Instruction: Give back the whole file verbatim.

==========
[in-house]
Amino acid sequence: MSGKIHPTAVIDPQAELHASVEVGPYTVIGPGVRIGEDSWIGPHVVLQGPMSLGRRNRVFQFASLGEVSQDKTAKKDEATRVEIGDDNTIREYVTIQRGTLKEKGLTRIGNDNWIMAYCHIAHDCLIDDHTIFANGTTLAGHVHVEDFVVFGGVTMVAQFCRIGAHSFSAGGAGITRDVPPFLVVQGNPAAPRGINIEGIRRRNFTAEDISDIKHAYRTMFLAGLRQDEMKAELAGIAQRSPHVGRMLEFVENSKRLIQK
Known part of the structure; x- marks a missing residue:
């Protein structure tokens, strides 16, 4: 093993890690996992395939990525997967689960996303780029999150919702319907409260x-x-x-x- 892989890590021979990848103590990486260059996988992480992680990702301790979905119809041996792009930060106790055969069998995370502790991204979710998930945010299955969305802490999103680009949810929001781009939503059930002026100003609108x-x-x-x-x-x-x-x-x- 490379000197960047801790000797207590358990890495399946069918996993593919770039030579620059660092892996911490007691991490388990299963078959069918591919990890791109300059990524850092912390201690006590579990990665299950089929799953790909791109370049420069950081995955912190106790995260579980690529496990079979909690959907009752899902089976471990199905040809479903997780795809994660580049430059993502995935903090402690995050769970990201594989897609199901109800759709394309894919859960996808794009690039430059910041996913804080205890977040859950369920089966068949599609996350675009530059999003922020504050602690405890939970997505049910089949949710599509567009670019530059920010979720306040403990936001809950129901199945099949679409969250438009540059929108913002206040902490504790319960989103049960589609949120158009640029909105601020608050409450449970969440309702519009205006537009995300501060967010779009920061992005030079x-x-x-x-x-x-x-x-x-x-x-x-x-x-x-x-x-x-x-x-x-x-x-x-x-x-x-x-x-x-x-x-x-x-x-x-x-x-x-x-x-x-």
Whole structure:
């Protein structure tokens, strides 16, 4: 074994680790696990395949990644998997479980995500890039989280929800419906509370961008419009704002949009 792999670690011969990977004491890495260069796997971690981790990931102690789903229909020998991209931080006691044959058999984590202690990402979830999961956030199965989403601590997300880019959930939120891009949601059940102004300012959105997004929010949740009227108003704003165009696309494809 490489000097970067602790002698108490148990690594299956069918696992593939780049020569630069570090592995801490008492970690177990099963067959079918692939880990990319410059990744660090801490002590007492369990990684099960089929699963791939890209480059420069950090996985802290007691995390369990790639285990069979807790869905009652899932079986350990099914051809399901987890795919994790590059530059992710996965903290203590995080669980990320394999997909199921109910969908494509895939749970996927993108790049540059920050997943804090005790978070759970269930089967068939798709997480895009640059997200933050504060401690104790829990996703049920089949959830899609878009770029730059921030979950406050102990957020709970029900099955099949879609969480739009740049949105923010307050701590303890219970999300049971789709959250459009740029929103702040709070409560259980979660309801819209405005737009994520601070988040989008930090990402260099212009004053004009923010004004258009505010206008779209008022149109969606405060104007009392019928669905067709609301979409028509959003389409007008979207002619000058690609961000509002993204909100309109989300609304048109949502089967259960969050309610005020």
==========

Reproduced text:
[in-house]
Amino acid sequence: MSGKIHPTAVIDPQAELHASVEVGPYTVIGPGVRIGEDSWIGPHVVLQGPMSLGRRNRVFQFASLGEVSQDKTAKKDEATRVEIGDDNTIREYVTIQRGTLKEKGLTRIGNDNWIMAYCHIAHDCLIDDHTIFANGTTLAGHVHVEDFVVFGGVTMVAQFCRIGAHSFSAGGAGITRDVPPFLVVQGNPAAPRGINIEGIRRRNFTAEDISDIKHAYRTMFLAGLRQDEMKAELAGIAQRSPHVGRMLEFVENSKRLIQK
Known part of the structure; x- marks a missing residue:
């Protein structure tokens, strides 16, 4: 093993890690996992395939990525997967689960996303780029999150919702319907409260x-x-x-x- 892989890590021979990848103590990486260059996988992480992680990702301790979905119809041996792009930060106790055969069998995370502790991204979710998930945010299955969305802490999103680009949810929001781009939503059930002026100003609108x-x-x-x-x-x-x-x-x- 490379000197960047801790000797207590358990890495399946069918996993593919770039030579620059660092892996911490007691991490388990299963078959069918591919990890791109300059990524850092912390201690006590579990990665299950089929799953790909791109370049420069950081995955912190106790995260579980690529496990079979909690959907009752899902089976471990199905040809479903997780795809994660580049430059993502995935903090402690995050769970990201594989897609199901109800759709394309894919859960996808794009690039430059910041996913804080205890977040859950369920089966068949599609996350675009530059999003922020504050602690405890939970997505049910089949949710599509567009670019530059920010979720306040403990936001809950129901199945099949679409969250438009540059929108913002206040902490504790319960989103049960589609949120158009640029909105601020608050409450449970969440309702519009205006537009995300501060967010779009920061992005030079x-x-x-x-x-x-x-x-x-x-x-x-x-x-x-x-x-x-x-x-x-x-x-x-x-x-x-x-x-x-x-x-x-x-x-x-x-x-x-x-x-x-």
Whole structure:
């Protein structure tokens, strides 16, 4: 074994680790696990395949990644998997479980995500890039989280929800419906509370961008419009704002949009 792999670690011969990977004491890495260069796997971690981790990931102690789903229909020998991209931080006691044959058999984590202690990402979830999961956030199965989403601590997300880019959930939120891009949601059940102004300012959105997004929010949740009227108003704003165009696309494809 490489000097970067602790002698108490148990690594299956069918696992593939780049020569630069570090592995801490008492970690177990099963067959079918692939880990990319410059990744660090801490002590007492369990990684099960089929699963791939890209480059420069950090996985802290007691995390369990790639285990069979807790869905009652899932079986350990099914051809399901987890795919994790590059530059992710996965903290203590995080669980990320394999997909199921109910969908494509895939749970996927993108790049540059920050997943804090005790978070759970269930089967068939798709997480895009640059997200933050504060401690104790829990996703049920089949959830899609878009770029730059921030979950406050102990957020709970029900099955099949879609969480739009740049949105923010307050701590303890219970999300049971789709959250459009740029929103702040709070409560259980979660309801819209405005737009994520601070988040989008930090990402260099212009004053004009923010004004258009505010206008779209008022149109969606405060104007009392019928669905067709609301979409028509959003389409007008979207002619000058690609961000509002993204909100309109989300609304048109949502089967259960969050309610005020």